Breaking the Fear Barrier : How fear destroys companies from the inside out and what to do about it by Tom Rieger
My rating: 4 of 5 stars
The book presents the Pyramid of Bureaucracy.
At its lowest level is Parochialism. This is a tendency to force others to view the world from only one perspective or through a narrow filter, when local needs and goals are viewed as more important than broader objectives and outcomes. The result is functional silos, protective policies and rules, defining success for what is best for the team and not the wider organisation. Policies and rules are needed in organisations, they only become bad when they protect the team more than they help the organisation. Rules which are absolute promote parochialism, helpful rules promote an organisations ability to serve customers or achieve strategic goals.
To overcome parochialism a company needs to evaluate every rule to ensure it has a clear benefit that it has to the customers, create a better work place, improve financial success, avoid risk or liability, or prevent catastrophe. Someone must own the rule so that it can be challenged or changed. A rule must be evaluated for unintended consequences.
In the middle there is Territotialism. Where as parochialism was about protecting the team from the outside, territotialism is about controlling what is going on within the team. The motivation for this is to reduce waste but results in the following happening to team members:
- the removal of freedoms e.g. enforcing a script when speaking to customers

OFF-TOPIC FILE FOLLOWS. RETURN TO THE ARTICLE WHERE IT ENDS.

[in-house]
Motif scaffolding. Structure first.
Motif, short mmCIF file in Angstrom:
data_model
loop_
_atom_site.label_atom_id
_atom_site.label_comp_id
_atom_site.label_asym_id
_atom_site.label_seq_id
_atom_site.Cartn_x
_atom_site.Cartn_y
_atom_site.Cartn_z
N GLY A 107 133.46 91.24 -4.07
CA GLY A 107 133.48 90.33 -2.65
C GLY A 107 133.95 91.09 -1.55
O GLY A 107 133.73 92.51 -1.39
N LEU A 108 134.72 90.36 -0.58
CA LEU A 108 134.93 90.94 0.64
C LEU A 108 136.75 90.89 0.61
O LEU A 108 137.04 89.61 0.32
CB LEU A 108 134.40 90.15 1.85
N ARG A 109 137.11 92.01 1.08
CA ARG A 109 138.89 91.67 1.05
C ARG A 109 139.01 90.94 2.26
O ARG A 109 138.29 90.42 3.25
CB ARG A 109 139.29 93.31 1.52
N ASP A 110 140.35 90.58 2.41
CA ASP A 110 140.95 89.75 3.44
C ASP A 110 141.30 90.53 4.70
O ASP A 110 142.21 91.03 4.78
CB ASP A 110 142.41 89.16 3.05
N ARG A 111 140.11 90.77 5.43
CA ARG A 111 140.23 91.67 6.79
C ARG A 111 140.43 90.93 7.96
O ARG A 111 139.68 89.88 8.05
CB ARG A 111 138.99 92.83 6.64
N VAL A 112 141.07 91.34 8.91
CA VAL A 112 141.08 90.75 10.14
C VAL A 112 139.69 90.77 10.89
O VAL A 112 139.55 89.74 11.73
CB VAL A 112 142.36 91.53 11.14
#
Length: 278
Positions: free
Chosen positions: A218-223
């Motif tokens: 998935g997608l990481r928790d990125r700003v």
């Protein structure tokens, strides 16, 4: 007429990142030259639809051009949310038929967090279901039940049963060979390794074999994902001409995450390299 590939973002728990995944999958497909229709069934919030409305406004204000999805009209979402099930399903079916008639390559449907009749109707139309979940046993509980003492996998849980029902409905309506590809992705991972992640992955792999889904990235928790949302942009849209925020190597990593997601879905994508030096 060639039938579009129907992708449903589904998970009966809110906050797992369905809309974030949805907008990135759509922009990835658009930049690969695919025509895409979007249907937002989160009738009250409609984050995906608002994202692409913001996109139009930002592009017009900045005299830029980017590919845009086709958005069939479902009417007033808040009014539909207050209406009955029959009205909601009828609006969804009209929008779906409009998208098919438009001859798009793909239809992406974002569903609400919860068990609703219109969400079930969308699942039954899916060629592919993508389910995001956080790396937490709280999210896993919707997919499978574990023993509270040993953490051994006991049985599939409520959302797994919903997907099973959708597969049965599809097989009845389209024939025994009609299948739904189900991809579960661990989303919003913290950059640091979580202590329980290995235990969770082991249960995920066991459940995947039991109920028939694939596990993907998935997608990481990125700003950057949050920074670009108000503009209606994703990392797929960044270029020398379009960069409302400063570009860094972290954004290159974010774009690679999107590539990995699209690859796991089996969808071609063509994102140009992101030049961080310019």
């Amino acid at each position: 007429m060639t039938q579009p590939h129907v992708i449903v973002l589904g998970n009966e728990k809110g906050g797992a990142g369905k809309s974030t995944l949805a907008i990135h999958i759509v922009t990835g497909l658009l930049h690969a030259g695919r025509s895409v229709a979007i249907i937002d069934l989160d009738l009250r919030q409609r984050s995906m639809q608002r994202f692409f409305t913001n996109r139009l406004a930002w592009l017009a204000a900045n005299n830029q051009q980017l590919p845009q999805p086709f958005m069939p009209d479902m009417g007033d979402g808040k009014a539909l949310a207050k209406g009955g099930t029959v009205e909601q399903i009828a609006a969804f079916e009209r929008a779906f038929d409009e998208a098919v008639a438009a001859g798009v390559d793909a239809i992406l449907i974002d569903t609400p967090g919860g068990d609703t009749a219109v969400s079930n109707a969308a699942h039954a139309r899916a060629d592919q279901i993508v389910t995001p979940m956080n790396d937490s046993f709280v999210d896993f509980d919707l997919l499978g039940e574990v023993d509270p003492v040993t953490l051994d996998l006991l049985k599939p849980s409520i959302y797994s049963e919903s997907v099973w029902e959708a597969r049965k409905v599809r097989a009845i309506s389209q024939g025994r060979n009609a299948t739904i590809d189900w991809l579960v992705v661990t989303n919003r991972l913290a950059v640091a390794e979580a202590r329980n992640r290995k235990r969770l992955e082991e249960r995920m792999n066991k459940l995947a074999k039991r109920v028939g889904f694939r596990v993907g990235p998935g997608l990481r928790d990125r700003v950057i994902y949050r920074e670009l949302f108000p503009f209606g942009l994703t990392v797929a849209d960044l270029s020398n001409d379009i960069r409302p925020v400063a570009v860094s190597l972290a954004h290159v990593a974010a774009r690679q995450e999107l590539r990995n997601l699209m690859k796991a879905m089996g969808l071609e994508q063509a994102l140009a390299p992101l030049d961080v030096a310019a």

- taking away extra time – this can remove the ability to work with other teams and build links
- eliminate the opportunity to gain knowledge or skills – in times of scarcity this is the first thing usually to be cut
- restrict information flow – giving managers more control to micro manage
- withholding support – because the manager does not want to get blamed for potential waste but then there is no chance for new learning
In territotialism it is not just people who are restricted but everything.
To overcome territotialism employees need to be trusted and given freedom to work. They need to be aligned with the mission of the company and a reasonable set of ground rules. As an accompaniment to freedom the employees need time to exercise this, the ability to grow and develop as well access to information and resources so they can fully participate and innovate with support from management.
The peak is Empire Building, this is where a team expand their span of control when it is not in the best interests for the company. This shows as teams competing for shared resources such as IT or recruitment, teams speak on the behalf of other teams to prioritise their work and in the worst case results in duplication of functions e.g. a team forming its own IT department rather than using the standard one which they can not fully control. These come from trying to reduce costs but the result is in increased costs instead.
Empires try to gain control in four areas information. budget and resource, decision rights and supervisory rights. When deciding where something should reside these are the questions to answer:
- impact on financial performance
- improvement on the workplace
- strength of customer relationships
- limiting liability
- avail catastrophic failure
Beware of courage killers: inconsistency, the blame game, hoarding information, public floggings and rewarding sub-service over service.